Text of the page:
Buried in the Trump administration’s $750 billion defense budget for fiscal 2020 is $5.9 billion for the European Deterrence Initiative, a defense welfare program started by the Obama administration in 2014 as a trans-Atlanticist’s response to Russia’s annexation of Crimea. A program that takes U.S. taxpayer dollars to defend wealthy European allies is exactly the sort of arrangement that permanent Washington worships — and it’s an example of what then-presidential candidate Donald Trump ran against in 2016.

In Washington, the European Deterrence Initiative, or EDI, is cast as a demonstration of America’s commitment to our European allies. In reality, however, it’s a duplicative program which functions as yet another U.S. entitlement to Europe — a region composed of wealthy and economically vibrant countries amply equipped to take far more responsibility for their own national security. At a time when President Donald Trump is rightly advocating for these European partners to fund their own defense, EDI completely undermines that objective.

When the program was first launched in 2014, eastern European NATO members were downright nervous about their security situation. Two months earlier, Russian special forces annexed the Crimean Peninsula , while Moscow began supporting separatists in eastern Ukraine with high-caliber weaponry, funds, special forces and anti-missile defense systems. There was considerable concern in eastern European capitals, but rather than western Europe stepping up to defend NATO’s eastern flank in an illustration of alliance solidarity, they turned west for Uncle Sam to fill the gap.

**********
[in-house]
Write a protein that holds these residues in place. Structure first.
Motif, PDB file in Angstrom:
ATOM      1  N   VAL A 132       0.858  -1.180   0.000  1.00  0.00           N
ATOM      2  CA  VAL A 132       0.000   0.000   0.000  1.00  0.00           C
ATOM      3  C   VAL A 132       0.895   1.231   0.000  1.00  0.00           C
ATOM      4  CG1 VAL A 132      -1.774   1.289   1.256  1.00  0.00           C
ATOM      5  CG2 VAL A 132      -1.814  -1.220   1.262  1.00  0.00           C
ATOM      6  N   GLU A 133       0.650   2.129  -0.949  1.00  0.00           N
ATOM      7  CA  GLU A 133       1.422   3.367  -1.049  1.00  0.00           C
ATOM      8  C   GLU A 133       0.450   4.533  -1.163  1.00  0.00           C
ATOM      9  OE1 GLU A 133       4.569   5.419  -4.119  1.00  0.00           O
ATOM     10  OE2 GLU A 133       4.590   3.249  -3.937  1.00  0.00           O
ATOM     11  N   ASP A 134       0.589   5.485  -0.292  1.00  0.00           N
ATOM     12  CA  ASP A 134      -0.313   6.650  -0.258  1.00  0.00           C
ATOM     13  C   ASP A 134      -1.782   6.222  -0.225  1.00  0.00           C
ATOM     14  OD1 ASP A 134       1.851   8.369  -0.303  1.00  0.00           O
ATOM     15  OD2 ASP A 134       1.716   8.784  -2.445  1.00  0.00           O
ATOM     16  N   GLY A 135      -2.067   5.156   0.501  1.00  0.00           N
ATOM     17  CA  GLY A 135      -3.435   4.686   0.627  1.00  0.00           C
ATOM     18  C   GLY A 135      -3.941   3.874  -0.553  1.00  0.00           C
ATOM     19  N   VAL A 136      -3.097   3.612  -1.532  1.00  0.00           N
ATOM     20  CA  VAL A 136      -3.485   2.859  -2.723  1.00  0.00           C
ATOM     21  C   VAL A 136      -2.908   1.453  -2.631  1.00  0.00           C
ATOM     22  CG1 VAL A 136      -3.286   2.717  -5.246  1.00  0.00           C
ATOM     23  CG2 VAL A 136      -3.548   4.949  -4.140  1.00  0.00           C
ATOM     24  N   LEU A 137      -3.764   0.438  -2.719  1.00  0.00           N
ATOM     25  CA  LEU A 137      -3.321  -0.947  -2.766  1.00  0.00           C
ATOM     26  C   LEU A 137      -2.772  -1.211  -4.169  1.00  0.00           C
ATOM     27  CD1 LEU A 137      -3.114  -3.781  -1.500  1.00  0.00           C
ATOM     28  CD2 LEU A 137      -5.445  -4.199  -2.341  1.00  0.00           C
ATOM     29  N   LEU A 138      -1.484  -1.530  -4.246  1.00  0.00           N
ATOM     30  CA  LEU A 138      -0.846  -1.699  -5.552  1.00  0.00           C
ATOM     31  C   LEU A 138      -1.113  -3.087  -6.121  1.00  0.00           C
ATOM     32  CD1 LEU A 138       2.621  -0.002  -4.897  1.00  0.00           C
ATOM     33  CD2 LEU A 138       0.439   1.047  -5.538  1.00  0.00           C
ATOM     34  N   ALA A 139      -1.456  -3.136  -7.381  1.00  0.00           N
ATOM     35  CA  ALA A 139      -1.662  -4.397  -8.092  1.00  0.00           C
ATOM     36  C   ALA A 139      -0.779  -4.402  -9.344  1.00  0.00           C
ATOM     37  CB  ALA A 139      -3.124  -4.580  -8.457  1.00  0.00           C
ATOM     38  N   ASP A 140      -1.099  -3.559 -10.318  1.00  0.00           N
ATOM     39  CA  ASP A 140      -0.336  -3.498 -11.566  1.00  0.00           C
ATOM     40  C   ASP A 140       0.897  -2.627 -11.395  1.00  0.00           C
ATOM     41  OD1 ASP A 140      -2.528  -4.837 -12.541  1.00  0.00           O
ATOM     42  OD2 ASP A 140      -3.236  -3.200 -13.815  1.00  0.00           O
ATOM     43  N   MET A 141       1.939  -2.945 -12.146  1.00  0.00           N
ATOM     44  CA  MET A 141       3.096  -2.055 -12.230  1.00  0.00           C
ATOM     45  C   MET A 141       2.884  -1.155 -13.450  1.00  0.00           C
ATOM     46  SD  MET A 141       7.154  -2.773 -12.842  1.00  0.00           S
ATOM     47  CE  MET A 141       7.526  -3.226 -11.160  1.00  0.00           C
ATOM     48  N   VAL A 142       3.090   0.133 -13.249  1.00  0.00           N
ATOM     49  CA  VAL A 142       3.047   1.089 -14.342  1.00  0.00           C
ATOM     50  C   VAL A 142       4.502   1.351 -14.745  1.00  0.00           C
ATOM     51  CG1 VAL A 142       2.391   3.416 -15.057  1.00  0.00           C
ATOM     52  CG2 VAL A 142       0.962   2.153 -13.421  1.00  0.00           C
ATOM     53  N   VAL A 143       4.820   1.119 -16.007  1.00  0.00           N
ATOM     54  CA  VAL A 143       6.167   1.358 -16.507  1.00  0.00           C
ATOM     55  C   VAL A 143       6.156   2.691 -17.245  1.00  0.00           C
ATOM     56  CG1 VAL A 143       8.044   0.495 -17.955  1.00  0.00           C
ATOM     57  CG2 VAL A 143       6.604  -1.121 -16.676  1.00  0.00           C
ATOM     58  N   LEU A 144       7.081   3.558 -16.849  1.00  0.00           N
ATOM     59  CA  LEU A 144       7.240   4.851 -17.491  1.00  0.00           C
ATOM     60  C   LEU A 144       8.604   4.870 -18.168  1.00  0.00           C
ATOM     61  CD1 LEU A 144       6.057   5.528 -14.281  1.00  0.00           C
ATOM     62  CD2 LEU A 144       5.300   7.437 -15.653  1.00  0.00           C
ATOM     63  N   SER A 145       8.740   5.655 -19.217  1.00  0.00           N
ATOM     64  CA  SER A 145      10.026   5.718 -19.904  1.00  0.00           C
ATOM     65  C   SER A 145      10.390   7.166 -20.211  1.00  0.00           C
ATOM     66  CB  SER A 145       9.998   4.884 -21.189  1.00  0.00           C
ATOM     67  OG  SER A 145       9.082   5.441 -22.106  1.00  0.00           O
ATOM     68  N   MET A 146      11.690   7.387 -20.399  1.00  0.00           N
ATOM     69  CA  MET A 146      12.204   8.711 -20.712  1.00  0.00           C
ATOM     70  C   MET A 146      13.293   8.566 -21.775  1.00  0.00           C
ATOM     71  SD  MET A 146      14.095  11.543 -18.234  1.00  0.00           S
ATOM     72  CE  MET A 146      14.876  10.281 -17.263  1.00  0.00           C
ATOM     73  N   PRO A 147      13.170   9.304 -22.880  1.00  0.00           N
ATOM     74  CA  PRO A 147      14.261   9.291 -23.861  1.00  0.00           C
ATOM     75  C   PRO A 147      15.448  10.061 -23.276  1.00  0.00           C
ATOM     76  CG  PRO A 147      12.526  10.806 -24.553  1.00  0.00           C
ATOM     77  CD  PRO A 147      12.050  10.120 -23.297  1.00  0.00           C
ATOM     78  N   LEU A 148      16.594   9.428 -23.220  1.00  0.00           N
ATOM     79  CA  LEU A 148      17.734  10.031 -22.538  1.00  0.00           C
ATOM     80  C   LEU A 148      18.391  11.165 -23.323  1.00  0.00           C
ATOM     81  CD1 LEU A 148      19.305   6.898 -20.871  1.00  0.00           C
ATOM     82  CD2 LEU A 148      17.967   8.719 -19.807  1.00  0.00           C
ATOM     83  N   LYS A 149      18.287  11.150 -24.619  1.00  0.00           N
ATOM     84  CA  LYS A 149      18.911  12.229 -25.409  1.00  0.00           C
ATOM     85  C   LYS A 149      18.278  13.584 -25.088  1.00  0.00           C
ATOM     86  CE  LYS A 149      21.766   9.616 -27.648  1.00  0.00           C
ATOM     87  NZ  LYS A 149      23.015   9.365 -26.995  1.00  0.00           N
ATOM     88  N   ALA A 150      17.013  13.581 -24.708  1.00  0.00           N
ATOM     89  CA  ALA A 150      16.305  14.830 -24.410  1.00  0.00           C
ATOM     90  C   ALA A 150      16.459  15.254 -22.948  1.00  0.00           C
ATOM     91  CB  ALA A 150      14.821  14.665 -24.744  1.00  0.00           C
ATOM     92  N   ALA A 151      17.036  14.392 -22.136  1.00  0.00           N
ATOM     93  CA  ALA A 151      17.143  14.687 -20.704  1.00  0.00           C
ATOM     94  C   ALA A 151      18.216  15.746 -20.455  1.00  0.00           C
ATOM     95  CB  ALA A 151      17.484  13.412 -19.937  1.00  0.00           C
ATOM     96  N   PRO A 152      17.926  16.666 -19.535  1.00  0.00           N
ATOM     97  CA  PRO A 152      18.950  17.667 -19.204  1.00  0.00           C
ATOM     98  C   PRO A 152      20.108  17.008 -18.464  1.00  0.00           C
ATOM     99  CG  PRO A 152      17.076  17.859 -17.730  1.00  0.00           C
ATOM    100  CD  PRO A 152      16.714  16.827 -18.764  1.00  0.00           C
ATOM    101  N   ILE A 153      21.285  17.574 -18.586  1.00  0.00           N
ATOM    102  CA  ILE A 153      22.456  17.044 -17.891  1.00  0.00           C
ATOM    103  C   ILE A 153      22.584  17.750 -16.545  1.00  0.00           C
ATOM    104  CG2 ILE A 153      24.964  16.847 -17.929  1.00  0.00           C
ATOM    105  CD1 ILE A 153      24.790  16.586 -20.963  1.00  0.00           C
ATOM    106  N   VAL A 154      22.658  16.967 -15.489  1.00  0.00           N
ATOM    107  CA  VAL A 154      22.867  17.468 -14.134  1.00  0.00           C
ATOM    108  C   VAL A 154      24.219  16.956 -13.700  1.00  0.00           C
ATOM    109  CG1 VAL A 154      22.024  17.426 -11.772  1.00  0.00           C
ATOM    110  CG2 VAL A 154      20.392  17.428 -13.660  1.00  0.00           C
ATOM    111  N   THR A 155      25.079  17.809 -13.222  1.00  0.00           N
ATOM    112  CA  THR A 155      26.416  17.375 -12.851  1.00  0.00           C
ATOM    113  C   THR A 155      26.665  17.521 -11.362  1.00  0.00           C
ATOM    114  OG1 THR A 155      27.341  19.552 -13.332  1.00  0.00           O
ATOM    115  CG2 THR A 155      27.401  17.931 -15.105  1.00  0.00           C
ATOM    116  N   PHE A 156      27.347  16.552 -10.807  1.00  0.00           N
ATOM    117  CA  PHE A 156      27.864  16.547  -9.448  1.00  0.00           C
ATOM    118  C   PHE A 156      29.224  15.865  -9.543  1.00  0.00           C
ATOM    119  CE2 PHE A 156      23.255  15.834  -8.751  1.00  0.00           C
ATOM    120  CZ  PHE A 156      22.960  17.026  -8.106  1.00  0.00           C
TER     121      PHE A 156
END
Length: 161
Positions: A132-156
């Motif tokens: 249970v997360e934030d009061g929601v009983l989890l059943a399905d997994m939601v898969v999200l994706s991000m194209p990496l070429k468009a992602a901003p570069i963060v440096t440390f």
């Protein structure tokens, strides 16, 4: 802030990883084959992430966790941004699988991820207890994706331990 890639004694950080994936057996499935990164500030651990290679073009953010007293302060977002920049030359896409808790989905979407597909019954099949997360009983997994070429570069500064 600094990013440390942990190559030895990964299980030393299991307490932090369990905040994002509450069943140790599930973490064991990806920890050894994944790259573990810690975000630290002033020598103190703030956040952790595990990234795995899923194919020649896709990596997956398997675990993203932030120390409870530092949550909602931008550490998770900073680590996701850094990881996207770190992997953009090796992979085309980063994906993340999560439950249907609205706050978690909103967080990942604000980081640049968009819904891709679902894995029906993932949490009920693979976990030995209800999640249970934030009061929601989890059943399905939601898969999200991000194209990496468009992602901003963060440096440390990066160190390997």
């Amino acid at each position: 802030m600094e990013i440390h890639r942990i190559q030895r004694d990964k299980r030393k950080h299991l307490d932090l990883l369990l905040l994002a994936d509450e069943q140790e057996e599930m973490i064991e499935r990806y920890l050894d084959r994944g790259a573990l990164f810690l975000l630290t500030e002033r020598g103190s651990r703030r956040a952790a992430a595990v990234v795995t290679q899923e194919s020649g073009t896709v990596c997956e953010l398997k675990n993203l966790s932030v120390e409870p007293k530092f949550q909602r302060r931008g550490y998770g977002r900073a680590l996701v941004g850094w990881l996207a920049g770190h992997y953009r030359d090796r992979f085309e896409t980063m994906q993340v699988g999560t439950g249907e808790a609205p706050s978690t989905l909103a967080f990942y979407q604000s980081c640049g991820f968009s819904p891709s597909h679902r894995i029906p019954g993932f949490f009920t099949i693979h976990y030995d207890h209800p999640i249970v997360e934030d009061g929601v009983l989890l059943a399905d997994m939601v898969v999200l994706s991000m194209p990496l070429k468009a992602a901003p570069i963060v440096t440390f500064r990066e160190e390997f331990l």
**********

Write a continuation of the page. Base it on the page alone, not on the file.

This presented a perfect opportunity for the United States to press our European allies to shake off the cobwebs and reverse massive, post-Cold War cuts in their military spending. Instead of U.S. national security officials pressing Germany, France and others about the importance of burden-sharing within the NATO alliance, Washington decided to respond by increasing its own contribution to European security.

While NATO reports registered an increase in non-U.S. military spending in 2015 after consecutive years of cuts, much of that hike was allocated for personnel costs, salaries and benefits — not defense proper. Even when European governments were spending more on defense, they were spending it on the wrong things.

And it appears that problem persists to the present time: Though Germany allocated an additional $5.6 billion to its military accounts over the last year, the capacity of the Bundeswehr is nothing less than pathetic. A recent German parliamentary study found only 50 percent of the German military’s planes, tanks and ships are available for deployment at any given time.

Notwithstanding the rosy words from NATO Secretary General Jens Stoltenberg about unity and commitment, NATO remains an alliance whose members rely on Washington for their security.

When 16 of 29 NATO members don’t even have a plan to meet their pledge of spending 2 percent of gross domestic product on defense, everyone in America should realize what’s going on: European nations either don’t believe the national security environment warrants fielding modern military power, or they’re content with the status quo of free riding on U.S. military power for their own national defense.